Our guest speaker for this public star night will be our own volunteer John Ensworth and the title of his talk will be “Quantum Mechanics for 5th Graders”.
In this month’s presentation, John Ensworth will take you through the simple observations of the world that force physicists to accept a whole set of strange behaviors seen in the very elements of nature at roughly the molecular size and downward.
Other than a few new words and some re-purposed words – all of which will be defined – the basics of quantum mechanics will be explained through concepts and pictures. Two main ways of ‘dealing’ conceptually with this strange small world will be explored. This talk will be followed by the sequel “Relativity for 5th Graders” later this year.
John Ensworth is currently the Senior Science Education Specialist at the Institute for Global Environmental Strategies which is a non-profit organization formed to (among other things) conduct independent reviews on all Earth and space science education products produced by or for NASA. (www.strategies.org). His position is the one responsible for directly conducting these reviews and helping with NASA education and outreach efforts through the Web (video.strategies.org) and at large education conferences (i.e. NSTA, NCTM, and the ASP) that introduce the products that pass on the criteria of scientific accuracy and classroom usability.
In the 90’s he was a masters’ student and a PhD candidate in meteorology at the University of Oklahoma. He earned undergraduate degrees in physics, astronomy, geography and meteorology with minors in math and computer science.
He became interested in astronomy in the 2nd grade and began to teach astronomy to cub scouts and boy scouts by the 5th grade. He worked for the Arizona State University planetarium when Halley’s Comet paid the inner solar system a visit in 1985-1986 and taught the astronomy labs, was the head TA and eventually taught an astronomy course through the rest of the 80’s (as an undergraduate). He worked an internship at Steward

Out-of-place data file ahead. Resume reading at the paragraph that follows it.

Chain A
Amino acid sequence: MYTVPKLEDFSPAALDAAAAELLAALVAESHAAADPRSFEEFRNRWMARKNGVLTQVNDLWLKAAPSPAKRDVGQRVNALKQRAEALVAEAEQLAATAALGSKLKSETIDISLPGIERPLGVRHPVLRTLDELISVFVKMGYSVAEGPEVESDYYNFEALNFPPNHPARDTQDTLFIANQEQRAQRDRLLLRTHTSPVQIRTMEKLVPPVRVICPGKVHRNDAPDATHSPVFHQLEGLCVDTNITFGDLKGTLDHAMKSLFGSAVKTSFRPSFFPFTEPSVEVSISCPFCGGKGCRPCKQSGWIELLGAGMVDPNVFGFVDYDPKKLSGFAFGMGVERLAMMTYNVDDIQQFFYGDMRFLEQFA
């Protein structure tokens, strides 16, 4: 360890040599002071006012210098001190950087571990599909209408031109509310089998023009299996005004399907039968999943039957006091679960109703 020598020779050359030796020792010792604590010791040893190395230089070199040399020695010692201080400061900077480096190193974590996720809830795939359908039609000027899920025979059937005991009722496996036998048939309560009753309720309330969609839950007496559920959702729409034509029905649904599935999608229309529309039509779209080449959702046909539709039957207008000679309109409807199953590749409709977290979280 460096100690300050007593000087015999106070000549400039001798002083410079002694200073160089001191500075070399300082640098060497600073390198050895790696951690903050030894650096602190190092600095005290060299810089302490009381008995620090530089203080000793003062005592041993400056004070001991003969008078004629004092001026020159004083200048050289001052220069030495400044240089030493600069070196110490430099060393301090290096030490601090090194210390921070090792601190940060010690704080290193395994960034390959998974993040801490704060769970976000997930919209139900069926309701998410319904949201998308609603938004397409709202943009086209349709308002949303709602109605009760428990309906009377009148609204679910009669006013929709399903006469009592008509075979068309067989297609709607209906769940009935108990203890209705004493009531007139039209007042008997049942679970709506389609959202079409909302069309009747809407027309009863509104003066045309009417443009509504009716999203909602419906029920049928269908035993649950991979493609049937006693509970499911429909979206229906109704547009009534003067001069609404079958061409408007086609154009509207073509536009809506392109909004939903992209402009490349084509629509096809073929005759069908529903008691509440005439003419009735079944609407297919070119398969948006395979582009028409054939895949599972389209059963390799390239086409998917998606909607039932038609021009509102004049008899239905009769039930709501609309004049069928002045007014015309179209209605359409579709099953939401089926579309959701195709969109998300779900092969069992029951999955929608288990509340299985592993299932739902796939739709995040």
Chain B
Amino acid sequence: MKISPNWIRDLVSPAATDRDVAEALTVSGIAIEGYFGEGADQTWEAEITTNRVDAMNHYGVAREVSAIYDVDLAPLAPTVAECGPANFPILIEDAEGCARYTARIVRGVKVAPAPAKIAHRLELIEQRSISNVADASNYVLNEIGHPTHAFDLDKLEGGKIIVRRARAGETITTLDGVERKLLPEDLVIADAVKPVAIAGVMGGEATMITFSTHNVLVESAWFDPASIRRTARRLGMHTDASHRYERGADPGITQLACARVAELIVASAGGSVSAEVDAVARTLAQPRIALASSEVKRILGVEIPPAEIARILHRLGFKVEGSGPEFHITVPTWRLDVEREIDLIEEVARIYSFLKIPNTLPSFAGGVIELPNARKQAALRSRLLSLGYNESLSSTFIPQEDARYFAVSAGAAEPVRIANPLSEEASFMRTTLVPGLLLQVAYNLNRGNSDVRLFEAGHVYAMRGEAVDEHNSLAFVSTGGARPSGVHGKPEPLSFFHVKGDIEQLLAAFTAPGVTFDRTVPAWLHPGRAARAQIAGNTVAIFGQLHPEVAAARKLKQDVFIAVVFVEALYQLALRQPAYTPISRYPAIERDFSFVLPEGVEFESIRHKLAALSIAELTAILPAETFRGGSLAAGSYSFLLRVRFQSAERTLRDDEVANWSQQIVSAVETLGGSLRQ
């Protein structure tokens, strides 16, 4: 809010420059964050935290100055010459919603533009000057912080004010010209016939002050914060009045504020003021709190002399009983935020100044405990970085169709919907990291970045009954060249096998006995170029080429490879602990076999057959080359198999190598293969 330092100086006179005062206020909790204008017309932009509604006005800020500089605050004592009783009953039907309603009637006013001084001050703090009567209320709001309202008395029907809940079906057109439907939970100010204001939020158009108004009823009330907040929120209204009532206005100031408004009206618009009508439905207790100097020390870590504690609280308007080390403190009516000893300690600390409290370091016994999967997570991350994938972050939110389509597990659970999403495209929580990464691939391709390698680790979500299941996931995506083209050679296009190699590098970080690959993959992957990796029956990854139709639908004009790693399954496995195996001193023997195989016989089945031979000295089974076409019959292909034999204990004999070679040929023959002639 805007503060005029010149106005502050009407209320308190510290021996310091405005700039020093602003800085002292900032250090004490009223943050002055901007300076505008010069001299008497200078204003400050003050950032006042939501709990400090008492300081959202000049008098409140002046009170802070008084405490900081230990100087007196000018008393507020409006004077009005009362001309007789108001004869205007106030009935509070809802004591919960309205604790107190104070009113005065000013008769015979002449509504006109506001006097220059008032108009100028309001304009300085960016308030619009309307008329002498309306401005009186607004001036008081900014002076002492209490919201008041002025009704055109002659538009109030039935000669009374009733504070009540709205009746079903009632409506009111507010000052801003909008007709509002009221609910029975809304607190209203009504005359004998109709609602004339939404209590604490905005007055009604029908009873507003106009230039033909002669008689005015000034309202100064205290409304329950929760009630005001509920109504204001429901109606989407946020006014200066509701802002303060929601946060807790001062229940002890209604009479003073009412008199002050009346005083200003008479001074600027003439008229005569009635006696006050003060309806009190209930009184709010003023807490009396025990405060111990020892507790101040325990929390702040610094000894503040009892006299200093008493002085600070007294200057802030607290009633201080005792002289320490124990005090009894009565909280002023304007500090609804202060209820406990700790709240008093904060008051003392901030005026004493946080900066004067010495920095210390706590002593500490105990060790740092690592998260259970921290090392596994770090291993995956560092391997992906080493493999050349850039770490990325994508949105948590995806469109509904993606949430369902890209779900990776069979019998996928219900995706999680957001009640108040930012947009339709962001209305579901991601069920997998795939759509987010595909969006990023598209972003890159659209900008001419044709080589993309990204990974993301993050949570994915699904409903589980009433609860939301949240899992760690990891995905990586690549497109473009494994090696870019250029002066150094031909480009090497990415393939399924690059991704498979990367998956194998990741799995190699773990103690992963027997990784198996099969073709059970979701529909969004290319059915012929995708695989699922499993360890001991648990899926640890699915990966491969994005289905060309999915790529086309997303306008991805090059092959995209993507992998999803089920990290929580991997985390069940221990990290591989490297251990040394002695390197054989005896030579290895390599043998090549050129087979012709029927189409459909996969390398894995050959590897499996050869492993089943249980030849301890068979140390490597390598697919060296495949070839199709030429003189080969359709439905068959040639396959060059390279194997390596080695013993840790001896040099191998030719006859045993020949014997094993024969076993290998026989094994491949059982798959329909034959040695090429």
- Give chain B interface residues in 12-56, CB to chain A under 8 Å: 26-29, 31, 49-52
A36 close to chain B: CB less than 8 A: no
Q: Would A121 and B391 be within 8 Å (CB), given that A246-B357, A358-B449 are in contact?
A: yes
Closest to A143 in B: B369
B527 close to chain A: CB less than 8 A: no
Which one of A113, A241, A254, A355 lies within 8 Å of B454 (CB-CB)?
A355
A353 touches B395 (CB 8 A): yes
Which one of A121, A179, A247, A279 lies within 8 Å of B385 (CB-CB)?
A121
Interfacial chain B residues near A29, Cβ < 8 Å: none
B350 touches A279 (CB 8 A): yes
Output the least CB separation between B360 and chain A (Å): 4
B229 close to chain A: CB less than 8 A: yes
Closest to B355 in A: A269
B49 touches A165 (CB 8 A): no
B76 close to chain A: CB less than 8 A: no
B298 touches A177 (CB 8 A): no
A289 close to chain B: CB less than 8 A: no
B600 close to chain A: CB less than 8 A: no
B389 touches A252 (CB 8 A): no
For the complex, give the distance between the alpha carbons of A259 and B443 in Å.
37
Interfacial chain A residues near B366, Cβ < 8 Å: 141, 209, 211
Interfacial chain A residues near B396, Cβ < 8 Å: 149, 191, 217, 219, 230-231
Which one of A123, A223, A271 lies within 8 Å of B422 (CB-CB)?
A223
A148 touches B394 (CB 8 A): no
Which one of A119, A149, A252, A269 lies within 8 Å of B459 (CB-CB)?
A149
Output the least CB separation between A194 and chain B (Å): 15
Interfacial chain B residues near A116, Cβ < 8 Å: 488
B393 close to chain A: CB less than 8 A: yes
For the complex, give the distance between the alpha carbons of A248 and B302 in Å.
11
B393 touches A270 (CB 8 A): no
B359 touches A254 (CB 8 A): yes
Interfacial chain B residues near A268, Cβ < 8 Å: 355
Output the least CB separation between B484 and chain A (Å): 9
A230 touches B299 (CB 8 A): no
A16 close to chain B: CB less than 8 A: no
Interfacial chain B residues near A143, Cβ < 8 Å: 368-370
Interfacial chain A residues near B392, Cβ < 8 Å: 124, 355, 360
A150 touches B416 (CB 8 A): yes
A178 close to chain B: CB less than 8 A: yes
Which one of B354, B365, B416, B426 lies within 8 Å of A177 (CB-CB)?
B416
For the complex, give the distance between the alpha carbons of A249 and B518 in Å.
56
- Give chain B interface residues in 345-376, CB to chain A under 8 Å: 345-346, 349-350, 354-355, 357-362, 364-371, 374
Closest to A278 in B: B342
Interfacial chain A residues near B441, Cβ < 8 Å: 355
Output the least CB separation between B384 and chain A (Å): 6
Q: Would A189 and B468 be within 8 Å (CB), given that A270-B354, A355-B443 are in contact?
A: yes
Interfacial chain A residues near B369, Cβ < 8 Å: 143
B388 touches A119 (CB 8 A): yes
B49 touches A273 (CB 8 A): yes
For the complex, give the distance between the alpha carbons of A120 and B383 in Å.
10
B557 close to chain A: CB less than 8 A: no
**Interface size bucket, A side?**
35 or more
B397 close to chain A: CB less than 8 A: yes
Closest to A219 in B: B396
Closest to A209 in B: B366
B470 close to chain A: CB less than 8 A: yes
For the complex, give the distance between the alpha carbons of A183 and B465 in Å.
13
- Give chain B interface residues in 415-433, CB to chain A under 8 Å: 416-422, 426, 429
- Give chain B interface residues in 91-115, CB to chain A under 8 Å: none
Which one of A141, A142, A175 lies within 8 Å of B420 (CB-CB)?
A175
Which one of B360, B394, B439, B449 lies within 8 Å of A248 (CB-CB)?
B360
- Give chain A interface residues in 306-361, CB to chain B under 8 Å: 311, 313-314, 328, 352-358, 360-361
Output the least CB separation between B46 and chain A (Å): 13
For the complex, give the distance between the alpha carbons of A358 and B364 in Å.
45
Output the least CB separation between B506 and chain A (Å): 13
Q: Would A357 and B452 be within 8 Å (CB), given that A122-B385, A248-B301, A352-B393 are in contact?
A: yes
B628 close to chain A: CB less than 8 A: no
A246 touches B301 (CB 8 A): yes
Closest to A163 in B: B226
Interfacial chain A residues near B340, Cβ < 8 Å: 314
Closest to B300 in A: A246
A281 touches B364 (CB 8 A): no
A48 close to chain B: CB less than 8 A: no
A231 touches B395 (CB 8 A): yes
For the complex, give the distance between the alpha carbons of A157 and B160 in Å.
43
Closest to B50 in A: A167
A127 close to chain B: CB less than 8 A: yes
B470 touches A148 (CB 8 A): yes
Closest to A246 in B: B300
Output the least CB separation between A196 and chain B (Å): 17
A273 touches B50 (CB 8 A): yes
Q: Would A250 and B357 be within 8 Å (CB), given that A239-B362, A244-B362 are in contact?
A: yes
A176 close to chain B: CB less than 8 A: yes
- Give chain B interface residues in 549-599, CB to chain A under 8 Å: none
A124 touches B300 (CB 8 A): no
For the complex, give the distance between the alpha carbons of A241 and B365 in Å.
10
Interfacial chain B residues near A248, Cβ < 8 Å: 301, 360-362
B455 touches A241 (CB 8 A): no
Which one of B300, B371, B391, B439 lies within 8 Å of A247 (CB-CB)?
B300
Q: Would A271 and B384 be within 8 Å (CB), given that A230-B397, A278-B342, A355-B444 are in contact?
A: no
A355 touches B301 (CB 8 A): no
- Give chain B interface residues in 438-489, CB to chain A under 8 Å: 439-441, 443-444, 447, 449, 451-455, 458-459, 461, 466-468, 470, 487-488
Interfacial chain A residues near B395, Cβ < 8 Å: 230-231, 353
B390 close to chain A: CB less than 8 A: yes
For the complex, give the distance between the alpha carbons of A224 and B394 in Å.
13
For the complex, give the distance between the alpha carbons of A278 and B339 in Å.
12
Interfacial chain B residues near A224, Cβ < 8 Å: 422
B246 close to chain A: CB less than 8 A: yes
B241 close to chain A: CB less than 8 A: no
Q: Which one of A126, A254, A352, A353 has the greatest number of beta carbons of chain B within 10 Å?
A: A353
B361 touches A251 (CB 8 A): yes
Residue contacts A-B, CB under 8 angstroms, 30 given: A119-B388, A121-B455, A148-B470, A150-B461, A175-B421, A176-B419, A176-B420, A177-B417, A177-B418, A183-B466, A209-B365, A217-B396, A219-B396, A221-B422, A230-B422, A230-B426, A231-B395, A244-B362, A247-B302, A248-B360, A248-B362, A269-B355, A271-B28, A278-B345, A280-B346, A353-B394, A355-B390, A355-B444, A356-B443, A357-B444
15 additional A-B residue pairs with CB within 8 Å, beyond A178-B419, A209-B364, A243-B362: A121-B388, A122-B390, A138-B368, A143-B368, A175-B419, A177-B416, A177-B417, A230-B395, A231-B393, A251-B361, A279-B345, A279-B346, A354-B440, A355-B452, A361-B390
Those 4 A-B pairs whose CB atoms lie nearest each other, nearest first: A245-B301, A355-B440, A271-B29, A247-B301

Observatory, at the University of Arizona in Tucson, and conducted site testing for the placement of the Mt. Graham observatory complex. He also observed at the 4-meter telescope at Kitt Peak, a 36” telescope at Kitt Peak, and at the Multi-Mirror Telescope (now the Mega Mirror Telescope) at Mt. Whipple.
More recently, he’s run more than 60 astronomy nights for Arizona, Oklahoma, Virginia and Colorado residents. He was a lecturer and show author at the Oklahoma City Kirkpatrick planetarium for almost ten ears. He has taught astronomy for the college degree completion program at Mid-America Christian University (formerly Mid-America Bible College) for the last 15 years, the University of Phoenix for 12 years, Grand Canyon University for 6 years, and now American Sentinel University and was a member of the Oklahoma City Astronomy Club. He served an internship at NASA Goddard Space Flight Center in the year 2000 and is a volunteer at the Little Thompson Observatory in Berthoud, Colorado. He operates his own backyard observatory, Cherrywood Observatory, in Longmont, CO. You can view a Webcam of his this backyard observatory by searching for weather in Longmont at the Weather Underground http://www.wunderground.com/ under the Webcam links or at http://bikerjohn.com/webcam_page1.htm .
The observatory doors will open at 7:00pm and the talk will start at 7:30pm. Weather permitting after the presentation, visitors will be invited to look through our large telescopes at various celestial objects.
Public star nights are held the third Friday of each month (except July, when we are closed for annual maintenance). No reservations are necessary for these nights. Just come and join us for the talk and some observing afterwards.
If you have any questions, please call the observatory information line at 970-613-7793 or check the LTO web site at: www.starkids.org